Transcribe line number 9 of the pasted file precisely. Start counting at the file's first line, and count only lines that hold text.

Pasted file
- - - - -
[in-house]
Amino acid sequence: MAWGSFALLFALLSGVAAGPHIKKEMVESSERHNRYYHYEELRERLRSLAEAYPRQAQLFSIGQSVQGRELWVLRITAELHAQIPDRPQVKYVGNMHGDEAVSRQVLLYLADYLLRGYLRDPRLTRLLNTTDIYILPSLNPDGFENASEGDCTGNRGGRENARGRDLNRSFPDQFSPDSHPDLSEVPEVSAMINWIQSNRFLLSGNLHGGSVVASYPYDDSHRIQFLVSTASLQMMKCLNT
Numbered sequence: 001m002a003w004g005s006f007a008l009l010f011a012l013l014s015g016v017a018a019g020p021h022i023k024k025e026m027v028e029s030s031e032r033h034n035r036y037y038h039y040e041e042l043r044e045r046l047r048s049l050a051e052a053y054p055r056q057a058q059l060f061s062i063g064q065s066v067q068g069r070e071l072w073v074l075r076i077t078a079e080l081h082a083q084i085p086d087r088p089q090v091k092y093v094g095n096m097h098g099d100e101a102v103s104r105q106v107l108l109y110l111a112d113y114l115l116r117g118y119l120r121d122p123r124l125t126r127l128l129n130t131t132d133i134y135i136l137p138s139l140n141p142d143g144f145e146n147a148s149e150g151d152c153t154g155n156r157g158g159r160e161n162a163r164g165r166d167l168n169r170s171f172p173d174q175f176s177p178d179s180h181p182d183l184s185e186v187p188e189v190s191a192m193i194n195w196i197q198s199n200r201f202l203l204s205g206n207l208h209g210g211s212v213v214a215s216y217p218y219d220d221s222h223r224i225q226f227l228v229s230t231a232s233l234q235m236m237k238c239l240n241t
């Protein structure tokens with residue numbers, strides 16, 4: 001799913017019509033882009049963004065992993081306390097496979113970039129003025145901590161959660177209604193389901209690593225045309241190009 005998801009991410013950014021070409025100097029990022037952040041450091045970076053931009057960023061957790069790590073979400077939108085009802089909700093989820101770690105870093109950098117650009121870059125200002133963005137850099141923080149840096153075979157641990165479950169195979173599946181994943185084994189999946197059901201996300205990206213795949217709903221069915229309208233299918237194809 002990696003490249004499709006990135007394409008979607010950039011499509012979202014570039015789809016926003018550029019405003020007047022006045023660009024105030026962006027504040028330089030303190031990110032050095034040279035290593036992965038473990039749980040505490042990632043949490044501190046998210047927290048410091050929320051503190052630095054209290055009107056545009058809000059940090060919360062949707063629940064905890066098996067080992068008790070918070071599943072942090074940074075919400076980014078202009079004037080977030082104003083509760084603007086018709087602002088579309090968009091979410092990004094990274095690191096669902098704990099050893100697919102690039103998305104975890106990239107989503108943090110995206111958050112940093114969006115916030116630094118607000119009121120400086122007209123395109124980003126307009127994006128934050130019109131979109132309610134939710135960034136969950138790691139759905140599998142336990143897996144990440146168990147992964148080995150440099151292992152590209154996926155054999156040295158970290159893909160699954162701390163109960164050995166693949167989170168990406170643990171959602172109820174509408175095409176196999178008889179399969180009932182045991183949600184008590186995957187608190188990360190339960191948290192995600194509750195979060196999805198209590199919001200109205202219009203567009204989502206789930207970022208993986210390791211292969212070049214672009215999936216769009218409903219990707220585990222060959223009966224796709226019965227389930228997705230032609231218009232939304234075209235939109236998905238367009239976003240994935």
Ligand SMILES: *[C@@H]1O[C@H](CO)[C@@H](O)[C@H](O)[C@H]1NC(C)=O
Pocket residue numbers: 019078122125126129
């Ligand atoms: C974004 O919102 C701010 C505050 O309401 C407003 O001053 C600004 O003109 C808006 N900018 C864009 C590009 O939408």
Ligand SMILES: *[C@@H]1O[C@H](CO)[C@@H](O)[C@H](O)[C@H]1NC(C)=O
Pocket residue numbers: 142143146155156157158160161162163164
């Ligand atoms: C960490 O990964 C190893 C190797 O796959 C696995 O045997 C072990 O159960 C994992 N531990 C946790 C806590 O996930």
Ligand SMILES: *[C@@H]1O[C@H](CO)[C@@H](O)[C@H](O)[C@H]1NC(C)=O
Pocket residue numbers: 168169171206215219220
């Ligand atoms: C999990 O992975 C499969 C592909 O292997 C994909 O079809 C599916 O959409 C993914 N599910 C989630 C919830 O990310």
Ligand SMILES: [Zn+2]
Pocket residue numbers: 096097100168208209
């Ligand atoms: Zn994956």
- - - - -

Pocket residue numbers: 142143146155156157158160161162163164